Amazon customers warned of email scam after thousands hit by scammers
Scots have been tipped off about an Amazon email scam designed to steal information from unsuspecting victims.
The scam sees Amazon customers themselves receiving an email supposedly from the tech giant.
It tells the user that their account has been “locked” and that they need to complete an identity verification process in order to get it back in full working order.
Opening the link then takes the person to a website that looks a lot like the real Amazon website.
Next, users are taken through the identity verification process, which asks them to enter their credit card information, email address, and a number of other financial and personal details.
Action Fraud has raised concerns about the emergence of the scam, after receiving more than 2,000 reports from potential victims last week.
The anti-fraud unit has urged Scots to be vigilant against the scam.
An alert from the organization reads: “Action Fraud received over 2,000 reports in one week of fake emails claiming to be from Amazon.
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“The emails claim that the recipient’s Amazon account has been ‘locked’ and that they must complete an ‘identity verification’ process to unlock it.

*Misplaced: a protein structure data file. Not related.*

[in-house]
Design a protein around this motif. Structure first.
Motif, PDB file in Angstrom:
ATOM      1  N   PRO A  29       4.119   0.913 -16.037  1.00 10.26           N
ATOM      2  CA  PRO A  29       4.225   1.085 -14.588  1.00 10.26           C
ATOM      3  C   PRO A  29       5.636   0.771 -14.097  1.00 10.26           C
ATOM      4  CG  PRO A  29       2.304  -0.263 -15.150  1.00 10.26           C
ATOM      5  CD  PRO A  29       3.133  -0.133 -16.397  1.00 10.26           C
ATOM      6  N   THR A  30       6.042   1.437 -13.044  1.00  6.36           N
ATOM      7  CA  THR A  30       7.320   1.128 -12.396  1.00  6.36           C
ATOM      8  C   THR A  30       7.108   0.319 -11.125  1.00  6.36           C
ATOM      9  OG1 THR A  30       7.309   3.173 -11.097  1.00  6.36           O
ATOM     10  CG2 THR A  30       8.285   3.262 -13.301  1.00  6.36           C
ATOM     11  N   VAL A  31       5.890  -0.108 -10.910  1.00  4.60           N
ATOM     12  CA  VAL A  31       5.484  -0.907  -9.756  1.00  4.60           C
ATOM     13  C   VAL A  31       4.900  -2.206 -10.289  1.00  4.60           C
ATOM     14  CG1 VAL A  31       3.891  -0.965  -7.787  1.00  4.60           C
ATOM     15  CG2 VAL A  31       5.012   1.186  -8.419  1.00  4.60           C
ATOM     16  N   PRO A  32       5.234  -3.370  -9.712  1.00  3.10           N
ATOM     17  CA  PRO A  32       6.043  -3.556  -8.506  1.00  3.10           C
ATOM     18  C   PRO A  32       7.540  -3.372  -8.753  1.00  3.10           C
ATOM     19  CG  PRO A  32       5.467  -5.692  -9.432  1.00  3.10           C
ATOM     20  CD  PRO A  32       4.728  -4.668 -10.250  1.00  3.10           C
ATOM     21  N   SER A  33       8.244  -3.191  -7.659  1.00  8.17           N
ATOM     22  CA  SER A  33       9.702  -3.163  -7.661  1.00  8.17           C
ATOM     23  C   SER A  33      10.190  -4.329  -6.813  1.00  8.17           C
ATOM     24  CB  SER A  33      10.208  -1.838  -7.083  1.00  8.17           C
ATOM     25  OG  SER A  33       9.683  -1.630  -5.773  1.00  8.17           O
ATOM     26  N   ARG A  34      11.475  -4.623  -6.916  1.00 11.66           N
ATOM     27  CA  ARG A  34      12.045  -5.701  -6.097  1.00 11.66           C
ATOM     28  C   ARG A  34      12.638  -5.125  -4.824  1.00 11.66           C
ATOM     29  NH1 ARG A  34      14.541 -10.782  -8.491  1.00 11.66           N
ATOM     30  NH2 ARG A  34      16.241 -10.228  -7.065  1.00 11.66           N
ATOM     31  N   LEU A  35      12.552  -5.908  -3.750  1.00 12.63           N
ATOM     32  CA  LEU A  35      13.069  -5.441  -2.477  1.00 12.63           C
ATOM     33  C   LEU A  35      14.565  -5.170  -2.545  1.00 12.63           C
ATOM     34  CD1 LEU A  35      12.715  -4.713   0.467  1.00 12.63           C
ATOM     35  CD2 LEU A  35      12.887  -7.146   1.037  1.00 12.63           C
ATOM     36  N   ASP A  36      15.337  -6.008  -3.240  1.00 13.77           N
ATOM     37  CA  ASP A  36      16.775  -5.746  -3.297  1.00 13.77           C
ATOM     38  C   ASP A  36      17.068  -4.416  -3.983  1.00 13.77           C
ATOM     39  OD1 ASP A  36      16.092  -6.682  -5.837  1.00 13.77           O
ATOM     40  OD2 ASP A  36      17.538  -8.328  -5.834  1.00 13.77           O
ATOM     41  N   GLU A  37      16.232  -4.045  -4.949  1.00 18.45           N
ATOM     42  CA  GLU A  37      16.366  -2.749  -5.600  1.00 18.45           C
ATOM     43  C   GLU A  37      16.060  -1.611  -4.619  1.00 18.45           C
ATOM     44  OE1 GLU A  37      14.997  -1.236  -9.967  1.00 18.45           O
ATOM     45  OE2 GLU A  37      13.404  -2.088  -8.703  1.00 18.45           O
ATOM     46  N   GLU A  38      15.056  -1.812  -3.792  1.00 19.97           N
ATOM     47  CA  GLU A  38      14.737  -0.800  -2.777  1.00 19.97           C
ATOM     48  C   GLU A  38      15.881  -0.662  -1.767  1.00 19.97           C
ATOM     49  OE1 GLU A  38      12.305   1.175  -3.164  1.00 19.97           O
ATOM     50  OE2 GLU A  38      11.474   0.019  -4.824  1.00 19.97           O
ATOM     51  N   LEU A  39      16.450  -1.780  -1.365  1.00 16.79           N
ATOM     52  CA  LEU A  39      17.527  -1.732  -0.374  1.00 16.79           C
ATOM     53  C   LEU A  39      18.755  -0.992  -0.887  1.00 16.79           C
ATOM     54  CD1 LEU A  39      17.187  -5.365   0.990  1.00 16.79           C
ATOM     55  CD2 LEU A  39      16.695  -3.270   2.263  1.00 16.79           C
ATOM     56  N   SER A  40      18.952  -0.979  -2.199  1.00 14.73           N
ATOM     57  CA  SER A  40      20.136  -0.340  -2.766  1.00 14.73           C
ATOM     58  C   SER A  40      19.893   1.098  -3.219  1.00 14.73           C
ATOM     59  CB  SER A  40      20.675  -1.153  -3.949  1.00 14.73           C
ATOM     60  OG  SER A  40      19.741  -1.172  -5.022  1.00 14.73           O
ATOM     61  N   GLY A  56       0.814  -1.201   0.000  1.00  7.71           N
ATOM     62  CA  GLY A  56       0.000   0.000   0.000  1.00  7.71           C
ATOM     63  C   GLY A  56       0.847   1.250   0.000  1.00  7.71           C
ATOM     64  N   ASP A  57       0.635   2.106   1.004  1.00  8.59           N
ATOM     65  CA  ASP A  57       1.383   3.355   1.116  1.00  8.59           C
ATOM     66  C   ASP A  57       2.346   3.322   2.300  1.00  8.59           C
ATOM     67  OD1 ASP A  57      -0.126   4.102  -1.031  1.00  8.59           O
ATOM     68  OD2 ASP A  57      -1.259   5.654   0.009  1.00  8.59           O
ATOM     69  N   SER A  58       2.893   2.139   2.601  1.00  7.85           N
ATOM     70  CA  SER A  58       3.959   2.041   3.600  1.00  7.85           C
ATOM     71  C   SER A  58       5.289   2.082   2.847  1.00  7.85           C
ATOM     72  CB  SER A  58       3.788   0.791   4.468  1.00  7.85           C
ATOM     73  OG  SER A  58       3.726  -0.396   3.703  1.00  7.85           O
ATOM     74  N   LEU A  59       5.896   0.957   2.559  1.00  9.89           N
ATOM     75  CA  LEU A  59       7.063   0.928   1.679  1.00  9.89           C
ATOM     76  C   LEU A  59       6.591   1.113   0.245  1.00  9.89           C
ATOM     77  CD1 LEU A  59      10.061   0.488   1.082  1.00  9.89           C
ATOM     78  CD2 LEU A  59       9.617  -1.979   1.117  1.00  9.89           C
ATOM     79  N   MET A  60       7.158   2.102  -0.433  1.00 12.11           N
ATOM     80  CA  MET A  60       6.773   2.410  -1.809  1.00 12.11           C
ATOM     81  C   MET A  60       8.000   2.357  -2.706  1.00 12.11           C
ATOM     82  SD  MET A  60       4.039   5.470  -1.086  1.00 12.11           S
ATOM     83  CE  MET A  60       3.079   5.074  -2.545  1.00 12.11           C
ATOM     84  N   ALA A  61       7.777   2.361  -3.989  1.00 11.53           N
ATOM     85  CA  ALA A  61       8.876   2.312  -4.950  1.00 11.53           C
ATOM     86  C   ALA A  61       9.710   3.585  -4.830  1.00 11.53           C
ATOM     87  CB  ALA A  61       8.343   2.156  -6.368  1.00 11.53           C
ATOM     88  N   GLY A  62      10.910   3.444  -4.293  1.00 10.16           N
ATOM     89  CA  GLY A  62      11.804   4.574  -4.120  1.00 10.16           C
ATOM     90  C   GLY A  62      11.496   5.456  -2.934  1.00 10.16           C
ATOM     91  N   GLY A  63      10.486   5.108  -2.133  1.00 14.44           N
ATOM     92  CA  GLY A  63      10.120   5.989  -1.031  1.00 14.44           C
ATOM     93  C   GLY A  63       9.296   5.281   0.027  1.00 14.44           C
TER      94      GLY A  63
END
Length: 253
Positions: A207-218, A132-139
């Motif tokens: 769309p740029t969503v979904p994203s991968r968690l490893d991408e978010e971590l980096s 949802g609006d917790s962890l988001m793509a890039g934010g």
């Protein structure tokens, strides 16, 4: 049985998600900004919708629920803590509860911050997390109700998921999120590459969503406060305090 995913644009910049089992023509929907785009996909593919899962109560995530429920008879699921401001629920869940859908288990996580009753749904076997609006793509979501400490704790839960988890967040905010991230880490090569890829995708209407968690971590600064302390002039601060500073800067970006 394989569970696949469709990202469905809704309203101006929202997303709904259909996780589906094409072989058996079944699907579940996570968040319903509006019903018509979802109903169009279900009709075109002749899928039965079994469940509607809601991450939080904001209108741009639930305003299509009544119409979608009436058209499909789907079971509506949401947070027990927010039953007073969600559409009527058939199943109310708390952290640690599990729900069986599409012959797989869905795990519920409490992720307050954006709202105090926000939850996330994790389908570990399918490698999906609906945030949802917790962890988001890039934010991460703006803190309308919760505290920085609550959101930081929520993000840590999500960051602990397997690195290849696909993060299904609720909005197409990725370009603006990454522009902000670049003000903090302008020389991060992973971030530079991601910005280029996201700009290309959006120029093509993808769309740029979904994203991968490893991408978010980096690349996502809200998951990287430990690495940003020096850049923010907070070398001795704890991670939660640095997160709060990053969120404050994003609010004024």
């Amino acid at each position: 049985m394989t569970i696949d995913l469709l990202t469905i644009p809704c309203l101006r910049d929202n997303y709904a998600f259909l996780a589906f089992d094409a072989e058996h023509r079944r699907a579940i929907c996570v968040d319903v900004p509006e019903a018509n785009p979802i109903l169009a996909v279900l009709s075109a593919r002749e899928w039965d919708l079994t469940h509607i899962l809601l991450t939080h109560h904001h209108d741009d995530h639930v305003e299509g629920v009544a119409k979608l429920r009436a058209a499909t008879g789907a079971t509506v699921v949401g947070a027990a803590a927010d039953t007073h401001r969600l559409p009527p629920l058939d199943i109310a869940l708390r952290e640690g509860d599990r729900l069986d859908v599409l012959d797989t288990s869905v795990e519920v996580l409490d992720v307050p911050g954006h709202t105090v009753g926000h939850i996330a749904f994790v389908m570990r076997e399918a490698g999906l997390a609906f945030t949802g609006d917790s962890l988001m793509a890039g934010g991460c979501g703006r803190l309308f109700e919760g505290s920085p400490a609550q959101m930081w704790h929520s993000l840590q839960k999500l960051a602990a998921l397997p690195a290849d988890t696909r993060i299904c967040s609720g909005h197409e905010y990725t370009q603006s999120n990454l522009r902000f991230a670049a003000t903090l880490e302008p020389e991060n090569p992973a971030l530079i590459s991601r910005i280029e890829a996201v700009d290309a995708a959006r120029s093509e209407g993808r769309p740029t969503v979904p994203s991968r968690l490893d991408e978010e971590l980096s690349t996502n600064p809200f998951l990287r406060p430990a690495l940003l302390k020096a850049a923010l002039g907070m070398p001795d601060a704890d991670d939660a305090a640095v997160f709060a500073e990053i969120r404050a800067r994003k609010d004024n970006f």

“The links in the emails lead to genuine-looking phishing websites designed to steal Amazon login credentials, as well as personal and financial information.”
They later add: “Your bank, or any other official organization, will not ask you to share personal information via email or SMS. If you need to verify that this is a genuine message, contact him directly.
“Spotted a suspicious email? Forward it to the Suspicious Email Reporting Service (SERS).
Amazon has also released advice on how customers can avoid falling victim to scams such as these.
The company tells customers that they will never ask for personal information to be provided over email, and they will never ask to update payment information that is unrelated to a past Amazon order or subscription. Amazon.
Scots were also advised to go to the My Orders section of the real Amazon website – if they weren’t asked to update their payment method, the message is not from Amazon.
Users should also verify the name and address of the person sending the email. Emails from Amazon will always come from an address that ends in @amazon.co.uk
People should also keep an eye out for spelling and grammatical errors, which are telltale signs of a scam email.